Changes in bank portfolios & worried examiners

February 4, 2013
Read Time: min

Before the financial crisis, many financial institutions, particularly community banks, were overweight in Commercial Real Estate loans (CRE) loans, and these concentrations turned out to be particularly risky for many banks; some did not survive as a result of this, notes Michael Lubansky, a director of consulting services at Sageworks.

Commercial & industrial loans (C&I) as a percentage of total loans decreased following the recession when credit universally tightened, according to recent data from SNL Financial LC. But since 2010, C&I loans have become an increasingly larger segment of the average U.S. bank’s portfolio. From 2010 to 2011, C&I loans rose to 17 percent from 15 percent of total loans. There’s a similar trend in credit unions; since 2008, the average credit union business loan portfolio has increased to almost 6 percent of total loans from 4.6 percent. 

With demand from the market and in response to the risk that was exposed among CRE portfolios during the financial crisis, it is becoming a common strategy for financial institutions to grow through the expansion of their commercial and industrial loan portfolio.

“For banks, a lot of them may or may not be as familiar with C&I loans, but it might be an area that is profitable for them,” noted Lubansky. “Some of them got into trouble with CRE, particularly Construction and Development loans. C&I loans present a profitable way to diversify their loan portfolio and reduce concentration risk.”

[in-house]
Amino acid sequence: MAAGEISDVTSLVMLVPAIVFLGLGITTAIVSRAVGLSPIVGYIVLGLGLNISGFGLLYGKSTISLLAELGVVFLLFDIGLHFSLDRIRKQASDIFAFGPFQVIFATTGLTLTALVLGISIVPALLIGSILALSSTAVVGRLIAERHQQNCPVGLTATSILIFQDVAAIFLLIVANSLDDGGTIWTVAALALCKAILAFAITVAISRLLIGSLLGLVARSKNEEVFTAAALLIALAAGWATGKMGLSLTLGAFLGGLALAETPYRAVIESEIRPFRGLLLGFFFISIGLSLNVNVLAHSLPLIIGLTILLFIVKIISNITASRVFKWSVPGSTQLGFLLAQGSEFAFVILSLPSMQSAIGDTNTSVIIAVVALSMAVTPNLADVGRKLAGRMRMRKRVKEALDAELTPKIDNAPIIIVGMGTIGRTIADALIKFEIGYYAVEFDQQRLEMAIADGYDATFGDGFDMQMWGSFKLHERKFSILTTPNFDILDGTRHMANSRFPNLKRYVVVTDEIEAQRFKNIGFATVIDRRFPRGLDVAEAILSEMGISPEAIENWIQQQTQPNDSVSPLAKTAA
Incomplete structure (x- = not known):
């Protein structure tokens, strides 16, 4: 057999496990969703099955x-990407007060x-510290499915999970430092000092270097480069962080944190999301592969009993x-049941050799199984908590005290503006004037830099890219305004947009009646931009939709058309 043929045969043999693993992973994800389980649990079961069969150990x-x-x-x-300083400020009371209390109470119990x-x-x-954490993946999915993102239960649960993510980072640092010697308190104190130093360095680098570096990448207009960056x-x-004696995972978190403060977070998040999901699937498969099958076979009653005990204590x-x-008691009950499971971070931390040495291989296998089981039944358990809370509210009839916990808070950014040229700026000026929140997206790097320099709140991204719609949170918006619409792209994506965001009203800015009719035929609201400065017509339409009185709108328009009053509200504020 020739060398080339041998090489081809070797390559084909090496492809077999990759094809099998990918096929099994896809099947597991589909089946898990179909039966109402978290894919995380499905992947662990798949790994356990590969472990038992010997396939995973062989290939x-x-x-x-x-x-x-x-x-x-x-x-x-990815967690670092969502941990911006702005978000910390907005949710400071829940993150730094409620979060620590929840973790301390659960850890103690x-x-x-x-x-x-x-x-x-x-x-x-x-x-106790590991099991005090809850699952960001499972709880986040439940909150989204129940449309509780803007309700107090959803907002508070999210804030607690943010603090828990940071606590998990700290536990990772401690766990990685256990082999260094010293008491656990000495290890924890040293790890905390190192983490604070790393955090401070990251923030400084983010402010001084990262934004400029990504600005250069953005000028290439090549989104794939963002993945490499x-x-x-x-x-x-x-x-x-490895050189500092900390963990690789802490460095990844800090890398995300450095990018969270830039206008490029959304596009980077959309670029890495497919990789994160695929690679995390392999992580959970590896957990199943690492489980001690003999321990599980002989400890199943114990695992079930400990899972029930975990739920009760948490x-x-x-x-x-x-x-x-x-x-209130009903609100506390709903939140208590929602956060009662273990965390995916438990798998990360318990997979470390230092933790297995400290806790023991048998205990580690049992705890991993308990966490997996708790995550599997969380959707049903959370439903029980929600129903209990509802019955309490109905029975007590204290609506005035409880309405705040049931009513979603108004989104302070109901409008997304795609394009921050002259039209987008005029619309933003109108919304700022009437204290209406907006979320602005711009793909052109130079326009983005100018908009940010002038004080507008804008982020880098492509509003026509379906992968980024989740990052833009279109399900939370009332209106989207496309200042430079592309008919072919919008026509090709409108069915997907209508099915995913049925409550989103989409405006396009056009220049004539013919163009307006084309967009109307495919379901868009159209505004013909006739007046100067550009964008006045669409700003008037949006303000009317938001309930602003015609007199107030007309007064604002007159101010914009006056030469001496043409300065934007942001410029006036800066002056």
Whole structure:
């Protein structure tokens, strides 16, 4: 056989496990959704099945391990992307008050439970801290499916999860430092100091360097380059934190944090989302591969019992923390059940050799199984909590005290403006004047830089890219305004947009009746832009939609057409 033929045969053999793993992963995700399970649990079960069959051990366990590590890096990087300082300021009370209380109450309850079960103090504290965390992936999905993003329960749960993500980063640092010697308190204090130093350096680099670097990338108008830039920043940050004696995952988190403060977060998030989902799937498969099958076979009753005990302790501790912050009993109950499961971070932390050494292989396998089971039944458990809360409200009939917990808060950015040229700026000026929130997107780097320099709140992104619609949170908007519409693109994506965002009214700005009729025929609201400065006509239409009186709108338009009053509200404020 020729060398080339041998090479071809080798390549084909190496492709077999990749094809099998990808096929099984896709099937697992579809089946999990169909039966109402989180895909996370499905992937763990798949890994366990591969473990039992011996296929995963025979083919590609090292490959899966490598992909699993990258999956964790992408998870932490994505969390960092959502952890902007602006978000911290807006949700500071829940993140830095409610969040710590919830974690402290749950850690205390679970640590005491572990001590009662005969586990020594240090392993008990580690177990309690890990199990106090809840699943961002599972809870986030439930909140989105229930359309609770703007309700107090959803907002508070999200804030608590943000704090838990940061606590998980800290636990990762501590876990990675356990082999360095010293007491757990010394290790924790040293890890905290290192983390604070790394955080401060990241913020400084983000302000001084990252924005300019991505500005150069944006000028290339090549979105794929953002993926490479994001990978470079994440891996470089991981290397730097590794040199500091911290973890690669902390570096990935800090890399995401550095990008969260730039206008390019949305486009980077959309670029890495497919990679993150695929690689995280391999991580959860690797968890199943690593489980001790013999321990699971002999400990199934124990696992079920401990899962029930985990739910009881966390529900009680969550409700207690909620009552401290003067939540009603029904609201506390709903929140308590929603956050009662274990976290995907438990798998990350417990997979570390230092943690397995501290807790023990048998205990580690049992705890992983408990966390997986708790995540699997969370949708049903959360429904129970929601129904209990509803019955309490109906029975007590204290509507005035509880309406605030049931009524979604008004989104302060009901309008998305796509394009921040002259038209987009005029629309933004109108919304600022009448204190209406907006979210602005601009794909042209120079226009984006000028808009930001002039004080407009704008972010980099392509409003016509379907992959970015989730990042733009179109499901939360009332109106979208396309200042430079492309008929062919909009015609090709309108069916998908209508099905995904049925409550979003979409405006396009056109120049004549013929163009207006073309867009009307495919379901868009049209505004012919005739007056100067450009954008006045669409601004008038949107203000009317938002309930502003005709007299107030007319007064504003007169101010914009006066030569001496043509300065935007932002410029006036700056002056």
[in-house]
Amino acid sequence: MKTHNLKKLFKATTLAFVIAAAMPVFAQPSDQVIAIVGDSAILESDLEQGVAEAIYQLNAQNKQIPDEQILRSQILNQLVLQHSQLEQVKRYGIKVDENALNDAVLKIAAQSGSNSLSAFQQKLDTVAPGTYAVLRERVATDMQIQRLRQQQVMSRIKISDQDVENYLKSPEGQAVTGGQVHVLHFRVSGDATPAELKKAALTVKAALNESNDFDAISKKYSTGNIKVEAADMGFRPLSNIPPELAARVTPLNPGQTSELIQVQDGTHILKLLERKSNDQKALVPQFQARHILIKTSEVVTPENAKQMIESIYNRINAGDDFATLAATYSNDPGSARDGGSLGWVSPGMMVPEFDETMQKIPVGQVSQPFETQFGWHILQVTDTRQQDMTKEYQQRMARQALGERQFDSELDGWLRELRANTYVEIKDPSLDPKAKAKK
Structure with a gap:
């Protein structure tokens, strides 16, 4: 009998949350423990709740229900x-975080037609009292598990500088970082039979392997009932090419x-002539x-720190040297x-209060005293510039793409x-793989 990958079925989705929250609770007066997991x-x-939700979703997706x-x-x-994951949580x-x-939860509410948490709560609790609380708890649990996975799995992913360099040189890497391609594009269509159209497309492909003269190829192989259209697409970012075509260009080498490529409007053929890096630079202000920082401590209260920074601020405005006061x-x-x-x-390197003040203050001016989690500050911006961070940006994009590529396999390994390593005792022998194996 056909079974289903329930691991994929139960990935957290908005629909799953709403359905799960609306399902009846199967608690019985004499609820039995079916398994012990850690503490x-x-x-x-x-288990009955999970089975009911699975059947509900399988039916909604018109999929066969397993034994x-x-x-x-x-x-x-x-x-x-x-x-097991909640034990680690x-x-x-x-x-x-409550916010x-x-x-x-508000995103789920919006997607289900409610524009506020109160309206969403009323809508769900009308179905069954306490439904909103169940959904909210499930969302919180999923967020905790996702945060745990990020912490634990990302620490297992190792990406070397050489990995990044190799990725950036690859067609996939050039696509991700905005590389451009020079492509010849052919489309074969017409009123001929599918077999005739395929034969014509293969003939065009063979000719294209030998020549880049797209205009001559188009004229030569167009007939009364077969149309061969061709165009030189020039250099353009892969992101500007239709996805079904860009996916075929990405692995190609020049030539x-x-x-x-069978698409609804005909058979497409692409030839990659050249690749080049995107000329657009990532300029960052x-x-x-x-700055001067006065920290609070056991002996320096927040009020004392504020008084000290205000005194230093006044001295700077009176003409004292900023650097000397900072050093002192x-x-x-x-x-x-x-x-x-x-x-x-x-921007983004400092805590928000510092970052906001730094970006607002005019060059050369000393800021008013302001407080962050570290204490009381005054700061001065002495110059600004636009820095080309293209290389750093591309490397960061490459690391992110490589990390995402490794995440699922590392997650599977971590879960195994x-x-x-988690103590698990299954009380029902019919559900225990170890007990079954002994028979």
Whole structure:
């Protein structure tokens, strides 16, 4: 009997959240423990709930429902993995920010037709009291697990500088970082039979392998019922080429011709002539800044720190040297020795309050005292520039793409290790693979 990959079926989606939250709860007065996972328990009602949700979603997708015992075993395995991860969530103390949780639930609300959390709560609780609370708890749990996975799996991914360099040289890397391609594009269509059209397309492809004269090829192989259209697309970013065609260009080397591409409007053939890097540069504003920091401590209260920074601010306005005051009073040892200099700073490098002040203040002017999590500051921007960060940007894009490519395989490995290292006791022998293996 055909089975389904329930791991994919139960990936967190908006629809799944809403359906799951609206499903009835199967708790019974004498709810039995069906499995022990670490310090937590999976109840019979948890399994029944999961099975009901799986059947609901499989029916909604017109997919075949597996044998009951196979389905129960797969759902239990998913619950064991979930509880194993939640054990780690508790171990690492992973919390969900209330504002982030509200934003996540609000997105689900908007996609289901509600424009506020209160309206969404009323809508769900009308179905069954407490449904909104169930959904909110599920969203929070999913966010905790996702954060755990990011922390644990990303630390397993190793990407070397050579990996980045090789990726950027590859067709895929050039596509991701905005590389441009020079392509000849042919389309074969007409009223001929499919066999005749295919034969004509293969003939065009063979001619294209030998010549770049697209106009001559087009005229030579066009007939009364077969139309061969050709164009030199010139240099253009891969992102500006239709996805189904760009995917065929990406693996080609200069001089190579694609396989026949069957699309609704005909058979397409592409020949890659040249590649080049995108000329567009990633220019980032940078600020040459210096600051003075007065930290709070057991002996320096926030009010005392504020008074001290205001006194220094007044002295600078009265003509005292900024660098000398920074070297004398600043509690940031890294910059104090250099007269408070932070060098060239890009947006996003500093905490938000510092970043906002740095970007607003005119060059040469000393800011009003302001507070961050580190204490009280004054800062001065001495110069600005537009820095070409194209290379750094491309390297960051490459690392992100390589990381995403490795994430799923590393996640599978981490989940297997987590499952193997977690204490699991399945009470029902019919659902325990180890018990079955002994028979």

While this may seem like positive news for both the financial institutions and businesses that require capital to grow, regulators are showing some trepidation. 

To help meet this C&I demand, financial institutions might be tempted to loosen credit terms so that they can remain competitive in the market. In a recent speech, Comptroller of the Currency Thomas J. Curry noted that examiners have seen financial institutions take on more risk in the search of profits. 

“Right now, we see slippage in underwriting standards, especially with respect to leveraged lending and commercial and industrial loans,” the OCC chief said.

Regulators and bank examiners are concerned that financial institutions entering into or expanding their C&I portfolios will do so without ensuring they have the appropriate credit risk management processes in place. The concern is that the result could be inefficient covenants or analysis at origination, or improper monitoring as part of loan review.

“Infrastructure at these banks may not be set up to adequately measure the risk associated with these loans,” notes Lubansky. “The lack of adequate infrastructure and policies and procedures around C&I lending could leave financial institutions exposed, despite their intentions to reduce risk through diversification.”

“Examiners will focus on troublesome CRE since it was the big problem last time and because community banks had had such a focus on CRE. As concentrations of C&I lending increase, that focus might change slightly.” The increasing scrutiny could catch financial institutions unprepared.

 

To continue reading, download the whitepaper, “Shifting Credit Concentrations: 6 Ways to Prepare.”

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